LONDON (Reuters) - British troops could stay in Afghanistan for up to five more years, the head of the British Army was quoted as saying on Wednesday.
General David Richards, who is tipped for possible promotion to overall chief of the British armed forces, told Prospect magazine that the reason Britain had no more than 10,000 troops in Afghanistan was that it could “endure that forever” within the army’s deployable strength of 75,000.
Asked whether U.S. forces could withdraw from Afghanistan quite soon, Richards said: “Well, it depends who you talk to. That is not the official line coming out of the White House or the Pentagon.
“I’m assuming we’ll be involved in Afghanistan for another three to five years, that is the current working assumption at the Ministry of Defence.”
Richards’s comments were published as U.S. President Barack Obama prepared to confront his top Afghanistan commander, General Stanley McChrystal, before deciding whether to fire him over inflammatory comments that have angered the White House and threaten to undermine the war effort [nSGE65M0DW].
Despite a surge that has brought the U.S.-dominated foreign force to 150,000, the Taliban insurgency is at its strongest since the hardline Islamists were overthrown in 2001.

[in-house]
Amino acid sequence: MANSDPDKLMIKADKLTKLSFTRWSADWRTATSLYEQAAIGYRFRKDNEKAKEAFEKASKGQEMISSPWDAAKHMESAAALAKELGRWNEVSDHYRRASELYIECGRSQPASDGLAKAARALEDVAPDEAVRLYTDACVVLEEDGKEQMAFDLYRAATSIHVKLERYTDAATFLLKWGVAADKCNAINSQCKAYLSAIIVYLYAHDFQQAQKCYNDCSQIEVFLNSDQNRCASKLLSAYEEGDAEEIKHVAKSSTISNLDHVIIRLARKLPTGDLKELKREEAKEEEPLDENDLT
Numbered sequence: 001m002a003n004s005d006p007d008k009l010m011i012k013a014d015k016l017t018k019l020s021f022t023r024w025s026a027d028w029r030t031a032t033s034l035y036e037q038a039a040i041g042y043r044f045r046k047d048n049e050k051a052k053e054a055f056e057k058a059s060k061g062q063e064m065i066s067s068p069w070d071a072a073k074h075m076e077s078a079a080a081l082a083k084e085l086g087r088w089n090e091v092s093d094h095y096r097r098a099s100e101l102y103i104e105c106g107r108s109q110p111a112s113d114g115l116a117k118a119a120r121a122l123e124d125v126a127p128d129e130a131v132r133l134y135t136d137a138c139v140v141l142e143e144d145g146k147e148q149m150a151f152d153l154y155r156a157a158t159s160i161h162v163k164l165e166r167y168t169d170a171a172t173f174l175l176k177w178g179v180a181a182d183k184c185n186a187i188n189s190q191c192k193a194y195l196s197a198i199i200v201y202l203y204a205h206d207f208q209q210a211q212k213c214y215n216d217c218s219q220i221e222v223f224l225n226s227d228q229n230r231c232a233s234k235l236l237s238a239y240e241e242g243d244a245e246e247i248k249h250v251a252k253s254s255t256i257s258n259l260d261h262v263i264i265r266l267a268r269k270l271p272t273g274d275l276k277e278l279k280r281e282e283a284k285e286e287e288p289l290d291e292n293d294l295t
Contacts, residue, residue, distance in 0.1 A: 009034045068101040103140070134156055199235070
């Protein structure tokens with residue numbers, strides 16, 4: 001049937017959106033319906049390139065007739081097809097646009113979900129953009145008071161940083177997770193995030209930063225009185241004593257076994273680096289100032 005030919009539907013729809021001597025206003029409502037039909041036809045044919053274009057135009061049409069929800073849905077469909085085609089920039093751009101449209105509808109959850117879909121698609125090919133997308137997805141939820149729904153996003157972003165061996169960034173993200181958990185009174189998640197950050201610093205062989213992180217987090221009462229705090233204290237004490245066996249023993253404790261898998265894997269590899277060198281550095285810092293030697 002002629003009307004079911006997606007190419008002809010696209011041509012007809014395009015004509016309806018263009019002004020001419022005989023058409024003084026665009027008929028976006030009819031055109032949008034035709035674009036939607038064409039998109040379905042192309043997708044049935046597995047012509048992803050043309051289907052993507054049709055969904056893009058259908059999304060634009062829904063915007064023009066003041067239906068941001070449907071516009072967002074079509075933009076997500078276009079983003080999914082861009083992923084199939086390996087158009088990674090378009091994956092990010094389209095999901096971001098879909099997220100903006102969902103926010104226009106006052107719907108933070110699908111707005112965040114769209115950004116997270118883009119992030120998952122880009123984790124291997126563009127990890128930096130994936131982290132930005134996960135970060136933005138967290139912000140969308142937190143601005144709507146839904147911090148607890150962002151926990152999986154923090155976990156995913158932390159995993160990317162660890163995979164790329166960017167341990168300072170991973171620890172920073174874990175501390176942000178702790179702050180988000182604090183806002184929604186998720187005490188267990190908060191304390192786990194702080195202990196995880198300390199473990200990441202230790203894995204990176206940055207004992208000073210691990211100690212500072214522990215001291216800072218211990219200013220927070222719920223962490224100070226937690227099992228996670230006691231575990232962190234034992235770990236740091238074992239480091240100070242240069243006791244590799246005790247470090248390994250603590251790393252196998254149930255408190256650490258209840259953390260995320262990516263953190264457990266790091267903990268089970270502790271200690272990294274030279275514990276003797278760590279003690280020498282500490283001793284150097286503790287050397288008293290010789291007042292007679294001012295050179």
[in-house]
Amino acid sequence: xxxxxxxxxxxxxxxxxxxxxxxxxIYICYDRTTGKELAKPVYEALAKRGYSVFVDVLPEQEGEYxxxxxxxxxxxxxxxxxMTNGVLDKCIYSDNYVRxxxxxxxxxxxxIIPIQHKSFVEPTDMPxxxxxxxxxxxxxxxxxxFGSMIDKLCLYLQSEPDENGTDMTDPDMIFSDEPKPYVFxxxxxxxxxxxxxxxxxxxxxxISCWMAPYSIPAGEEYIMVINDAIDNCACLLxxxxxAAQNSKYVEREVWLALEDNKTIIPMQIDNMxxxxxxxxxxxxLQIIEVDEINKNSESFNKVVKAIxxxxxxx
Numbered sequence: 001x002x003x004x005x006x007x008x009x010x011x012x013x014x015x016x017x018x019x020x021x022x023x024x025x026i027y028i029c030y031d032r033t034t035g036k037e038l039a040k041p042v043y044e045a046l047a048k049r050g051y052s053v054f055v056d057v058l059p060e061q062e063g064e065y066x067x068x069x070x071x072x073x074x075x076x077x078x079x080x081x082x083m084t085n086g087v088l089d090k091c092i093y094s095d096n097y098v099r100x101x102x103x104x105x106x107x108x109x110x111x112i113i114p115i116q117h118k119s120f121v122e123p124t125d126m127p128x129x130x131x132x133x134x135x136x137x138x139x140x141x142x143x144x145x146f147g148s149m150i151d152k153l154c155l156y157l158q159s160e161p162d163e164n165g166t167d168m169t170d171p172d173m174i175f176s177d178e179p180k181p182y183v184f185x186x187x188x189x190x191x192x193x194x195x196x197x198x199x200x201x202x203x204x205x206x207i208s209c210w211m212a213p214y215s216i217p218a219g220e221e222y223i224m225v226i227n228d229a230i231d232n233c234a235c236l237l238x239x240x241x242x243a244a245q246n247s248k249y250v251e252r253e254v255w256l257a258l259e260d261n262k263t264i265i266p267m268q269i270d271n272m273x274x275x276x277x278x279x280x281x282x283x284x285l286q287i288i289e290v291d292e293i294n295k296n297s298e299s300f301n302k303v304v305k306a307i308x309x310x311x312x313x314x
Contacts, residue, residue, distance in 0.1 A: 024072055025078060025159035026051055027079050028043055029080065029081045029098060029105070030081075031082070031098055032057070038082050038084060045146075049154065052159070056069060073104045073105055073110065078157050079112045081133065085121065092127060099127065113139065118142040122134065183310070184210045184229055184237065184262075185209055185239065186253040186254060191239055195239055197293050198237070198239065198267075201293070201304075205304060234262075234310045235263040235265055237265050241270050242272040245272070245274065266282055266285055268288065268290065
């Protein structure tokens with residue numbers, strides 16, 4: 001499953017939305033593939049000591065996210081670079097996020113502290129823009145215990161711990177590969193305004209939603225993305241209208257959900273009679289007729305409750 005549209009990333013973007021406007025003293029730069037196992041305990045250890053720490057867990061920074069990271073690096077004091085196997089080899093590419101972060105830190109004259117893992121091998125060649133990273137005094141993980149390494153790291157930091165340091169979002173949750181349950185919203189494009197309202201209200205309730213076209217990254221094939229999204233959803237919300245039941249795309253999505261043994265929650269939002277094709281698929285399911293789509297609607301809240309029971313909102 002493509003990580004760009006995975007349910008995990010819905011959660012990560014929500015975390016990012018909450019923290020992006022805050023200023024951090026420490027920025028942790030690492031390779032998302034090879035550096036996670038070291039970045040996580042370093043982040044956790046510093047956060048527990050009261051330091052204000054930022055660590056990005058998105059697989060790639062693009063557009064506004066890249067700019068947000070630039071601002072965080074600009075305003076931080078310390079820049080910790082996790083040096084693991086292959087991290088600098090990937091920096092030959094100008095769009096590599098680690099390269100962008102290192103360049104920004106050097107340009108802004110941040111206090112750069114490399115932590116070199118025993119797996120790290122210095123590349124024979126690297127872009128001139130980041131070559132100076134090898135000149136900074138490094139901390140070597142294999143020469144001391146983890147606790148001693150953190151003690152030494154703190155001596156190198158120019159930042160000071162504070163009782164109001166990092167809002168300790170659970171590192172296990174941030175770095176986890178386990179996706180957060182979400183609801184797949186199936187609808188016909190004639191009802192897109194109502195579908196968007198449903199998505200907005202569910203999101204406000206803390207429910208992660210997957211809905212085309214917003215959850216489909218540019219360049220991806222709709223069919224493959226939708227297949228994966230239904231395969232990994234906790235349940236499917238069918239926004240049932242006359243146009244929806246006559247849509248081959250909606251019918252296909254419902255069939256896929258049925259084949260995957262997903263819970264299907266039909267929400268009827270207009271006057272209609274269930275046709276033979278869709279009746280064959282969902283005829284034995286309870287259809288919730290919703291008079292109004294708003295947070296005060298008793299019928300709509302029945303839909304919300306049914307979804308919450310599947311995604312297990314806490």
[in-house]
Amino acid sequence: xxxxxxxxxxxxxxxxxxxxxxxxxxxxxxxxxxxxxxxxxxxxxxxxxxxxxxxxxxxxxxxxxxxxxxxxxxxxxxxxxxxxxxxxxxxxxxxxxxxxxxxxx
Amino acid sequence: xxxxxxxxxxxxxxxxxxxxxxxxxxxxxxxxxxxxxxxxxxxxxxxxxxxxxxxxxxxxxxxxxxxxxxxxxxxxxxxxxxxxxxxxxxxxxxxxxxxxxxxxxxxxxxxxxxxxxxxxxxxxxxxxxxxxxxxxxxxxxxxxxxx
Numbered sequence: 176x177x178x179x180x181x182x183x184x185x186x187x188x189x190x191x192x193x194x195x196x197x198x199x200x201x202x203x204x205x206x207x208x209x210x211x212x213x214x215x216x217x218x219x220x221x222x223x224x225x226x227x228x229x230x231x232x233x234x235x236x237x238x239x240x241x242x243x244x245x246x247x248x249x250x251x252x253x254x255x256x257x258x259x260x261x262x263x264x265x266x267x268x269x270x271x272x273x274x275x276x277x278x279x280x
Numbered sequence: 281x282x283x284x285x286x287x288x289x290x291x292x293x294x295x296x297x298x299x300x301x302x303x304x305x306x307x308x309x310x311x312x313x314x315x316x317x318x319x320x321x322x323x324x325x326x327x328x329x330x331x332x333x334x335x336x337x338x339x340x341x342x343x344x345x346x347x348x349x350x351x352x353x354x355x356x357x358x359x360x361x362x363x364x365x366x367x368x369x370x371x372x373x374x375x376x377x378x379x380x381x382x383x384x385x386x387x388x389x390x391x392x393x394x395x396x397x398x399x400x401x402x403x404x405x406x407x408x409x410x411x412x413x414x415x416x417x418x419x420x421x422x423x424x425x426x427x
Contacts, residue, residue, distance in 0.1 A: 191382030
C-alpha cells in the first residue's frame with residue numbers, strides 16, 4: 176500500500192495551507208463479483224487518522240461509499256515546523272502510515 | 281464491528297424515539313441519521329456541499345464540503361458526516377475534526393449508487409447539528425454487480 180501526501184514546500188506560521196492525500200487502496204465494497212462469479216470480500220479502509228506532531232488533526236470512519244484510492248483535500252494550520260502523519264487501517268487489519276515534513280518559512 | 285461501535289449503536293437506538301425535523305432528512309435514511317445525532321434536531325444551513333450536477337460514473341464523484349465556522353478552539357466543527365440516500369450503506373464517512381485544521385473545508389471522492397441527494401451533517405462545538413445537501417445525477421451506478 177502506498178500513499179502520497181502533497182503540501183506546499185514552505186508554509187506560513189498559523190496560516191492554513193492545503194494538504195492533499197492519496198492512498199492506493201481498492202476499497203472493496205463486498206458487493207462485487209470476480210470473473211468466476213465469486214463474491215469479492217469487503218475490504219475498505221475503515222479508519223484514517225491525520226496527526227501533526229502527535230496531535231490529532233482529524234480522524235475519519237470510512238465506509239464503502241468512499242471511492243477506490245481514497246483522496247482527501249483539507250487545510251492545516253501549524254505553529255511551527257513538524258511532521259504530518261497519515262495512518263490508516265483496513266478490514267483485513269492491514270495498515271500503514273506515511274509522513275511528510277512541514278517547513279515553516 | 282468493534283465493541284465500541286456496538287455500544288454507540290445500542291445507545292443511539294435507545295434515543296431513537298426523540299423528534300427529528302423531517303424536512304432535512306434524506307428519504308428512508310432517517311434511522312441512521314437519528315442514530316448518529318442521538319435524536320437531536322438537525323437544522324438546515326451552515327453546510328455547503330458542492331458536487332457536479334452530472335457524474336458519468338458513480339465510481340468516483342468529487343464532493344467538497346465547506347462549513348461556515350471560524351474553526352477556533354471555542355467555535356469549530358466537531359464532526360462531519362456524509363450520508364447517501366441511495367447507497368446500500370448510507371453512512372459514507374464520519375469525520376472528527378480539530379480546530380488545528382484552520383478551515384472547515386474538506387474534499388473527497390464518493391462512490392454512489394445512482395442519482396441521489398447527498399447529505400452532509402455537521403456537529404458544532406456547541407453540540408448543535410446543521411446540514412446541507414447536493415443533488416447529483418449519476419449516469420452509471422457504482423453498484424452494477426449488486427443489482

Under Obama’s strategy, U.S. forces would gradually begin to withdraw starting in July 2011 as Afghan forces take the lead. The U.S. administration has not said how many troops will be withdrawn or how quickly they will leave.
British forces have been engaged in some of the fiercest fighting in the southern province of Helmand. The British military death toll since 2001 has risen above 300, eroding support for the mission among the British public.
New Prime Minister David Cameron has ruled out sending more troops to the Afghan mission and said Britain’s forces should not stay on “for a day longer” than necessary.
Visiting Afghanistan this month, Cameron called 2010 a “vital year” for the Afghan war and said the British public needed to see progress over the next six months.
The Afghan war is costing Britain billions of pounds at a time when it is slashing government spending to rein in a gaping budget deficit. Defence spending is likely to be cut.
Richards is a leading contender to succeed Jock Stirrup as chief of the defence staff, Britain’s most senior military officer, when he steps down later this year.
Reporting by Adrian Croft; editing by Philippa Fletcher